La Halle is a place I have frequented for years, and it is certainly my favorite museum in the world. I have always loved Art Brut. Primitive Arts have always been my thing, and I myself have worked a lot with social outsiders (cf. Roger’s superb project entitled Outland). At La Halle, I felt at home and in the right place. Especially since the collaboration with in-house curator Martine Lusardy went so well. I like the fact that the space offers a circular scenography, unlike most museum spaces worldwide, which are almost all rectangular. It took me a long time to grasp the architecture of this space – I found it enigmatic and disturbing, because it is difficult to link the different works all together. But we succeeded, and I am very happy with the install. This exhibit for me is an incredibly memorable one and I am delighted that it will now be extended until early 2021, so that the French public stuck at home during lockdown now have time to discover it.
With this exhibition, it seems that illustrations take more and more precedence in your work…
I have been drawing in my work since 2002. Over time, these illustrations, this drawn gesture has become totally prevalent. To the point that this aesthetic that some people call “Ballenesque” can no longer be separated from the drawing. Drawings which themselves have become more complex over the years. During lockdown I spent nine weeks doing canvas illustrations, every day except one. A real first for me since I started in 1973. And I was pretty happy with the results. I painted from late March to early June, every single day. Since June, until now I have only been doing photography.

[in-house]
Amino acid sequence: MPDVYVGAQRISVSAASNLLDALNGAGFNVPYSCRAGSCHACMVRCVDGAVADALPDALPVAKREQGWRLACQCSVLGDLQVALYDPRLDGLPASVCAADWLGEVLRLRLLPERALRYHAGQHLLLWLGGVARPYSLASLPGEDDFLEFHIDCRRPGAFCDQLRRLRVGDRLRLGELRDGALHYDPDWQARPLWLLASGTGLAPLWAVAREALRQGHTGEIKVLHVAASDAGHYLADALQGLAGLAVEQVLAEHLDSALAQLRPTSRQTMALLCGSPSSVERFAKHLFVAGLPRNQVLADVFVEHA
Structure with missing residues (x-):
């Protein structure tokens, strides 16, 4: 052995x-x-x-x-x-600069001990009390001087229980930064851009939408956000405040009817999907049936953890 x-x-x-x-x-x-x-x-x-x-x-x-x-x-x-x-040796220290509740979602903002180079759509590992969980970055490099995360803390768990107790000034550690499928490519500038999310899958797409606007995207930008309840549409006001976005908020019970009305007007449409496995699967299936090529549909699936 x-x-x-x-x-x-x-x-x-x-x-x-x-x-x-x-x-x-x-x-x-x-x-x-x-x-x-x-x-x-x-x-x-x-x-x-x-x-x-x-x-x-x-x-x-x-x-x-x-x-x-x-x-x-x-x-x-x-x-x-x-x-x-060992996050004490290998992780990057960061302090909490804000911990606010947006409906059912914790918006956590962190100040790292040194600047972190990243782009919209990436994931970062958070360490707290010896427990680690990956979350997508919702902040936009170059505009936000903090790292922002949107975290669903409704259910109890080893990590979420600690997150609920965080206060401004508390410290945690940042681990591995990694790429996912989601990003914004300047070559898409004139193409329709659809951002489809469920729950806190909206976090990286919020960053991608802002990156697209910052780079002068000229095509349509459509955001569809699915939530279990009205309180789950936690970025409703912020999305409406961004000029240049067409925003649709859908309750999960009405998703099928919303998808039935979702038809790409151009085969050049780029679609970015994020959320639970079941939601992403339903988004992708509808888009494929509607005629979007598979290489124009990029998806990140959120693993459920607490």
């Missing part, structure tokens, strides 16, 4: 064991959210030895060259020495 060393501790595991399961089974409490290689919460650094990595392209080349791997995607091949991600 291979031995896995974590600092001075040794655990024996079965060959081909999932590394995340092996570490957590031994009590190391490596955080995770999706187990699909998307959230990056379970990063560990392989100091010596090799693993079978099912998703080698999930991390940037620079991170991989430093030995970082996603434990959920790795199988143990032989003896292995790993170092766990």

You just finished a new and rather mysterious book entitled Roger The Rat, is that right?
Look, I just received the printed copy today [laughs]! The German publisher Hatje Cantz is handling this publication. I made a movie of it too. It’s a photobook about a man who thinks he is a rat. He looks and dresses like a rat, and behaves… in an absurd way.
You also recently took on work in the music studio with Die Antwoord, whose latest album HOUSE OF ZEF you are featured on.
To be honest with you, it was a complete first for me, I had never done anything like this before. I had no idea what my voice might sound like but we were pretty happy with the result. We’ve cut a handful of other tracks, and I think they might be used later. Maybe alongside the release of their documentary.
A documentary about Die Antwoord?
Yes, and I’m the director. It’s a one-hour documentary film, which is almost completed now. We will release it when conditions are more favorable.
Roger is seventy years old. He still lives in Johannesburg. Nothing seems to be able to stop him: the new display of his works at the Halle Saint Pierre exhibition, Le Monde selon Roger Ballen (“The World according to Roger Ballen”) was extended until January 3rd, 2021. The catalog of this superb display is still available at Thames & Hudson editions.
The Roger Ballen Center for Visual Arts building is now finally completed. It is located in Johannesburg. This museum will open its doors as soon as the current pandemic allows for it.
The Roger Ballen-directed documentary film about Die Antwoord will be released in 2021.